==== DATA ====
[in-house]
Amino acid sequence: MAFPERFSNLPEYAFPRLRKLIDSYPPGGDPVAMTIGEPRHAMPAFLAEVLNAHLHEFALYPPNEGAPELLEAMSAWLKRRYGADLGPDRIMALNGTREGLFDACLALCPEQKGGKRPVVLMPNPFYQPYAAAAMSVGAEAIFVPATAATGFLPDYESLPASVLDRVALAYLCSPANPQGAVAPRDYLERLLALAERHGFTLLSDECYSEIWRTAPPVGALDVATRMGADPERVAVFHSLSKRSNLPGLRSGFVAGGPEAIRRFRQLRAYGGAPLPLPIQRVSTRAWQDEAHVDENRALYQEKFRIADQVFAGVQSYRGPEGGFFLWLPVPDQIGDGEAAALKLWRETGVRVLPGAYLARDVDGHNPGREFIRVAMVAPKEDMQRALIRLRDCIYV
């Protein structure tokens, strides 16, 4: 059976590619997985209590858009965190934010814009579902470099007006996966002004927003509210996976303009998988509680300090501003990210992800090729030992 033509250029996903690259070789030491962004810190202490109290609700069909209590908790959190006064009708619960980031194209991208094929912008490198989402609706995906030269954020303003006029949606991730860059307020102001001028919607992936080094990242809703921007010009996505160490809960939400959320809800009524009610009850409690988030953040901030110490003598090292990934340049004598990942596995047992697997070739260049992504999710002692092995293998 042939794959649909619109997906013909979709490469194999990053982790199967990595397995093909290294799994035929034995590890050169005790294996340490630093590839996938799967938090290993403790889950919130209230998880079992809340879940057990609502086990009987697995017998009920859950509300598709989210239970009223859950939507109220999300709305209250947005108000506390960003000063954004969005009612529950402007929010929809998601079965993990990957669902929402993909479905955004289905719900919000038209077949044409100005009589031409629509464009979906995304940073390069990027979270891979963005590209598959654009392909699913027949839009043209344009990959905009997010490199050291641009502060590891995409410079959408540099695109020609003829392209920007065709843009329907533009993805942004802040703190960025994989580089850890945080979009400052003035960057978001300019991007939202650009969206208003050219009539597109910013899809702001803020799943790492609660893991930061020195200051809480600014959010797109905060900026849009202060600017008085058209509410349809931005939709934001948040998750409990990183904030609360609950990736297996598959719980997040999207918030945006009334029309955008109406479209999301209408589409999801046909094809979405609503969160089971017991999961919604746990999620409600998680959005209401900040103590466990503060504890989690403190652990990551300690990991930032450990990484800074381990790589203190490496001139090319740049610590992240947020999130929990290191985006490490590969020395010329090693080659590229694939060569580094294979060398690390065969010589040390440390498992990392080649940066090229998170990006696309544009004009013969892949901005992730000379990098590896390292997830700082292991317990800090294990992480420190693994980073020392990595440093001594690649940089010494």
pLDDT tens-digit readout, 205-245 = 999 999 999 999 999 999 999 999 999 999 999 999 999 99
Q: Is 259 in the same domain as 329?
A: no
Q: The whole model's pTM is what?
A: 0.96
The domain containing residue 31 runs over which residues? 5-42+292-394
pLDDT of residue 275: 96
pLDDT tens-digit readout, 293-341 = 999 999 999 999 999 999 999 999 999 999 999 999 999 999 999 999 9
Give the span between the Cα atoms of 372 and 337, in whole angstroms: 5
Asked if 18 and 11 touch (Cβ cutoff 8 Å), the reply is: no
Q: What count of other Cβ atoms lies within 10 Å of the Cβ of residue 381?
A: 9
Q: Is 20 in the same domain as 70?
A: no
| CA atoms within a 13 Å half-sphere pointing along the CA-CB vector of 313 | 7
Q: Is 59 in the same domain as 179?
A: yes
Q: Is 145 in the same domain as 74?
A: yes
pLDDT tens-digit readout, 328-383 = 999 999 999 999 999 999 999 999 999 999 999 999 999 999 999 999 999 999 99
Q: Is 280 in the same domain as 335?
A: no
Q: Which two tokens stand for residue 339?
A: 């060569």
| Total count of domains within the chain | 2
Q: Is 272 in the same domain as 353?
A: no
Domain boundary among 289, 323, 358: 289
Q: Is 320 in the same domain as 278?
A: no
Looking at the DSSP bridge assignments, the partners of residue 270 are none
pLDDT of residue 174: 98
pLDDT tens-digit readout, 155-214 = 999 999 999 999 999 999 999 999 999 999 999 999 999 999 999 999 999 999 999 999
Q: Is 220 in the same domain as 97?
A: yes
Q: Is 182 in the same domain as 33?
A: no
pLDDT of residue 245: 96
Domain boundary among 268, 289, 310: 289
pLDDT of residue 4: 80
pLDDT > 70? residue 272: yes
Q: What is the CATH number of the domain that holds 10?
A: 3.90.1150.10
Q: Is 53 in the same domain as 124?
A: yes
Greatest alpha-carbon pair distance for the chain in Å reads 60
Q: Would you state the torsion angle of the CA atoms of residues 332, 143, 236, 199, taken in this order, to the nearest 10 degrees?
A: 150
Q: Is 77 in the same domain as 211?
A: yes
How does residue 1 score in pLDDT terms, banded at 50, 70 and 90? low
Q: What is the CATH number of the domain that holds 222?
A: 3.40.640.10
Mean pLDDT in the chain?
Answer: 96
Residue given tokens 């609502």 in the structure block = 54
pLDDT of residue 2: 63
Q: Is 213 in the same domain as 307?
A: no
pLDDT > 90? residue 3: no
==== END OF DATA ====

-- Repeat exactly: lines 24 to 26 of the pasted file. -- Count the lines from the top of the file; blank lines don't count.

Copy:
Q: Is 280 in the same domain as 335?
A: no
Q: Which two tokens stand for residue 339?